Why the FDA Bans Gays From Donating Blood—Despite All Medical Evidence

Other modernized countries have gotten rid of outright bans, so why not the U.S.?

(Photo: Getty Images)

Feb 25, 2014· 3 MIN READ
Kristina Bravo is Assistant Editor at TakePart.

Motivated to donate blood after a sick friend with a rare blood type put out a plea, Blake Lynch tried to help but ended up walking out of a clinic, embarrassed.

After asking if he'd ever prostituted himself for money or drugs, the clinic's survey asked, “[Have you] had sexual contact with another male, even once?”

As a gay man, he had.

In 1983, the FDA began banning men who have had sex with other men at any time since 1977 (believed to be the year the AIDS epidemic began in the United States), from donating blood.

Lynch found the long-established rule, previously unknown to him, staggering.

“This policy thinks that I’m this dirty individual who is HIV positive, and that’s not true,” he said.

It wasn't the first time Lynch had faced harsh rebuke for his sexual identity. During his teenage years, he was sent to Exodus International, a group that provided therapy to turn gay Christians into heterosexuals.

“It never really worked for me, and I didn't want it to work,” Lynch said.

At 22, the fed-up nursing student started a petition to overturn the FDA policy through the Banned4Life project, and he has been organizing blood drives for the past year. The events encourage eligible donors to give blood in place of gay men while educating them about the ban.

When it comes to donation restrictions, not much has changed since the U.S. Public Health Service warned that HIV, a big mystery in the 1980s, was transmitted through blood.

In 1990, at least 50,000 college students, factory workers, and families marched in New York City to protest the FDA’s announcement that Haitians were banned from donating blood. The government's argument was bolstered by data that AIDS was primarily transmitted through heterosexual sex in Haiti, which made it harder to identify high-risk individuals. The agency was soon forced to acknowledge that the policy, an effort to simplify donor exclusions, was “not subjected to close scientific scrutiny.” The FDA retracted the ban in less than a year.

Today, many countries have donor restrictions similar to those of the U.S., but because of recent medical evidence that it could no longer be justified, the ban has been lifted in Canada, South Africa, Australia, Sweden, Japan, and other countries. Instead, these countries have imposed a deferment window between having sex with other men and donating blood. In the United Kingdom, where the deferment period is one year, there has been no reported HIV infection through blood transfusion since 2002. The FDA estimates that in the U.S., the risk of contracting HIV from a unit of blood is one in 2 million.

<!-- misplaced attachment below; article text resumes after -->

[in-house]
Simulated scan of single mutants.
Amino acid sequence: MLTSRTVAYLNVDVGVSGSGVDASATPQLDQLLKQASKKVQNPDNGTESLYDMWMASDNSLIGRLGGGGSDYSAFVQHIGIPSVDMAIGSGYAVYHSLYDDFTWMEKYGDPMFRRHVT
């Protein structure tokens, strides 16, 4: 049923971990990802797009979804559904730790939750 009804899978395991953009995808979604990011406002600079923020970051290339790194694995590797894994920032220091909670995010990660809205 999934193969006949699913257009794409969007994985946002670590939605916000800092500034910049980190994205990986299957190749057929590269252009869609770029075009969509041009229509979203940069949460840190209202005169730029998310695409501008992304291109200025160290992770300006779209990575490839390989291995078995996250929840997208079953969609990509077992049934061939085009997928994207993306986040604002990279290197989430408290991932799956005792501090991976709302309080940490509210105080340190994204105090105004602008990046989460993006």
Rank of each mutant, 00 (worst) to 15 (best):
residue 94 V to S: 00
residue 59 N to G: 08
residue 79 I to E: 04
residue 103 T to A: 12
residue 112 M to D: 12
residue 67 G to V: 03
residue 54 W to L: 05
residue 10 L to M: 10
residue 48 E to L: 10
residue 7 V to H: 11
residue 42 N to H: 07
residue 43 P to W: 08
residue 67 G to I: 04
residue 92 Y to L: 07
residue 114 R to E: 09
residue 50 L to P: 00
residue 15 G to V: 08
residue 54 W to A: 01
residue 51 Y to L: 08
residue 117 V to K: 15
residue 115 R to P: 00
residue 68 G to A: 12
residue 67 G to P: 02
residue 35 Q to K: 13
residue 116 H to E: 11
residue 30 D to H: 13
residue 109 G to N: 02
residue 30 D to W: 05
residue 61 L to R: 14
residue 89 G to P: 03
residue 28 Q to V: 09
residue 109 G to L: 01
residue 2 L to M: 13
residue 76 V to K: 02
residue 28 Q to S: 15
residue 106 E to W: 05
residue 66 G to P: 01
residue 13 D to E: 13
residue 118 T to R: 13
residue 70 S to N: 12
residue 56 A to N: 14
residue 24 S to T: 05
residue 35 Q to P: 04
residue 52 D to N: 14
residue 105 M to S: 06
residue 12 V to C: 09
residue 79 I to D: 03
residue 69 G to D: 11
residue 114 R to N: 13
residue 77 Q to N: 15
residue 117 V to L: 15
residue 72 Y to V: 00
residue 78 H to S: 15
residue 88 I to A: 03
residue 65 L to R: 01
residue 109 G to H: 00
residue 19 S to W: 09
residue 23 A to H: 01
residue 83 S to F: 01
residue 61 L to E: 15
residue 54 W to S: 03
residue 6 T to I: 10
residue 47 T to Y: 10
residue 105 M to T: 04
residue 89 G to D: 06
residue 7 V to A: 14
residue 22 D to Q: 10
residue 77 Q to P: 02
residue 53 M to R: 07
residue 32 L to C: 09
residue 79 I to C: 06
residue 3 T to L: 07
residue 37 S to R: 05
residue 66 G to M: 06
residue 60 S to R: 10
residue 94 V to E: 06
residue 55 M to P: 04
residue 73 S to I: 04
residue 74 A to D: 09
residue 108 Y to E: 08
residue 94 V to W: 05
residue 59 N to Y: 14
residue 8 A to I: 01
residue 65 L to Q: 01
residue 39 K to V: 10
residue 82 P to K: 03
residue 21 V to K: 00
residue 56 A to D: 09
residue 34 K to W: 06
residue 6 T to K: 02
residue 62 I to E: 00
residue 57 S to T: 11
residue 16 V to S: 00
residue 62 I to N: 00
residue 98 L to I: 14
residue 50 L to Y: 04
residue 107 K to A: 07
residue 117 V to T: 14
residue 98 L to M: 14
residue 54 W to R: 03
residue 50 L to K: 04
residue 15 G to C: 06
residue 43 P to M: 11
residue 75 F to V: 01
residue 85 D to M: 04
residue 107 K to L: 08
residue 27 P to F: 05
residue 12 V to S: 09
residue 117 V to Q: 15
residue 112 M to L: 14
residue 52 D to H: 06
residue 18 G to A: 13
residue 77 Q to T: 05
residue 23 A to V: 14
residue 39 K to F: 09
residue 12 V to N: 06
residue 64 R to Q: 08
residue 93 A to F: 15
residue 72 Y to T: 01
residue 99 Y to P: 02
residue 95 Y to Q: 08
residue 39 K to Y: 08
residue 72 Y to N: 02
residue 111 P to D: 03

Despite several reexaminations over the last 15 years, American officials have kept the policy. The American Red Cross, America’s Blood Centers, and Advancing Transfusion and Cellular Therapies Worldwide stated in a joint release in 2006 “that the current lifetime deferral for men who have had sex with other men is medically and scientifically unwarranted.” The American Medical Association, likewise, finds it outdated. And a Slate article, citing that HIV infection rates in African Americans is eight to nine times that of whites, asks, “If it’s OK to reject blood from gay men, what about blacks?”

Even a bipartisan group of Congress members, divided on so many issues, has pushed against the ban, signing a letter to U.S. Department of Health and Human Services Secretary Kathleen Sebelius saying: “Our current policies turn away healthy, willing donors, even when we face serious blood shortages. Further, the existing lifetime ban continues to perpetuate inaccurate stereotypes against gay and bisexual men, and fosters an atmosphere that promotes discrimination and discourages individuals from seeking HIV testing and treatment services.”

The ban's flaw lies in its giving more weight to sexual orientation than to sexual behavior.

“It doesn’t once ask donors how many sexual partners they’ve had and if they’ve practiced safe sex," said Lynch, describing what heterosexual donors are typically asked. "Those are the questions that need to be asked, instead of ‘Am I male who’s had sex with another male?’ ”

In response to criticism, FDA spokeswoman Morgan Liscinsky told The New Yorker, “Although scientific evidence has not yet demonstrated that blood donated by MSM or a subgroup of these potential donors does not have a substantially increased rate of HIV infection compared to currently accepted blood donors, FDA remains willing to consider new approaches to donor screening and testing.”

At Banned4Life’s most recent event at a food co-op in San Francisco, more than 50 people donated blood, and 2,000 signatures were collected to support the project’s petition. But why now?

“Gay marriage was huge this year, athletes coming out, even with the Olympics in Sochi,” Lynch said. “It’s so important to get this policy changed now because of all the progress of the LGBT rights movement—to let people know that this is going on. So we can finally get it changed.”